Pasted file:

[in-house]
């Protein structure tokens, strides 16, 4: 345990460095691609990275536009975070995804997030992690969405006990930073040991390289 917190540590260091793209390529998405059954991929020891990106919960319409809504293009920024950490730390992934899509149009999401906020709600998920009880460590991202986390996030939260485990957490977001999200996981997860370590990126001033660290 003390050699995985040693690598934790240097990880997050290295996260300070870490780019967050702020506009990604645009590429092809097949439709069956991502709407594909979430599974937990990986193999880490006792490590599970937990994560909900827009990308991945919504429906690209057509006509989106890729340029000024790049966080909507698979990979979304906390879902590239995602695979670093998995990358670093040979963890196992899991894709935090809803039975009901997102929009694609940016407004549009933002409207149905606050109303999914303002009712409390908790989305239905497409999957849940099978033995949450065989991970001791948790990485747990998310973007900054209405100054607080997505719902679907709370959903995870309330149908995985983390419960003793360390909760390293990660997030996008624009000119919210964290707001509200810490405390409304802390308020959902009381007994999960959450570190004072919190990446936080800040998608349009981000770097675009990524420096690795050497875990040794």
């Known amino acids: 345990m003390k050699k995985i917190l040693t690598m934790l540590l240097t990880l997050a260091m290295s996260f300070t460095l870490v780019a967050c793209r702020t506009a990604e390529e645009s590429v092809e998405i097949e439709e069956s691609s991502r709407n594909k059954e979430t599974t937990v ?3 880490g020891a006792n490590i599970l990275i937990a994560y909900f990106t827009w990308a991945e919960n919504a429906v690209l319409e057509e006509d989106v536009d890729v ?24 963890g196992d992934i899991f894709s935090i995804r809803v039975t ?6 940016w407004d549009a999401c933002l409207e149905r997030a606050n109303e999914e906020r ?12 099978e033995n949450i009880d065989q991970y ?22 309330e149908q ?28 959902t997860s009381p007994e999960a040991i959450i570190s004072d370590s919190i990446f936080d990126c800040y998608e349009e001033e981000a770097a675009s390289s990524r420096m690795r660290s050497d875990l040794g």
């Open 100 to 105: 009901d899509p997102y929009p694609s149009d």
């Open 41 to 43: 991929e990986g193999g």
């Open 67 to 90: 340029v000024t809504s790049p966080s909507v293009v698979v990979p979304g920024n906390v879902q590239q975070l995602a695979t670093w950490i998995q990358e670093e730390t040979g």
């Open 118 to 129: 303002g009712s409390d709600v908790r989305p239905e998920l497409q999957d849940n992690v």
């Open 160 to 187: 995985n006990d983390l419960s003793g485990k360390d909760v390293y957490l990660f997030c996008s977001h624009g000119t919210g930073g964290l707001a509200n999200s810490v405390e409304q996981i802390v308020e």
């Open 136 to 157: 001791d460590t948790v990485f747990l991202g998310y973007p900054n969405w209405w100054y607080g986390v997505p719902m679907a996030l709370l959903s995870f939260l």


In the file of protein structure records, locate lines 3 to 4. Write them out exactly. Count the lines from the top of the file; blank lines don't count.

């Known amino acids: 345990m003390k050699k995985i917190l040693t690598m934790l540590l240097t990880l997050a260091m290295s996260f300070t460095l870490v780019a967050c793209r702020t506009a990604e390529e645009s590429v092809e998405i097949e439709e069956s691609s991502r709407n594909k059954e979430t599974t937990v ?3 880490g020891a006792n490590i599970l990275i937990a994560y909900f990106t827009w990308a991945e919960n919504a429906v690209l319409e057509e006509d989106v536009d890729v ?24 963890g196992d992934i899991f894709s935090i995804r809803v039975t ?6 940016w407004d549009a999401c933002l409207e149905r997030a606050n109303e999914e906020r ?12 099978e033995n949450i009880d065989q991970y ?22 309330e149908q ?28 959902t997860s009381p007994e999960a040991i959450i570190s004072d370590s919190i990446f936080d990126c800040y998608e349009e001033e981000a770097a675009s390289s990524r420096m690795r660290s050497d875990l040794g």
């Open 100 to 105: 009901d899509p997102y929009p694609s149009d």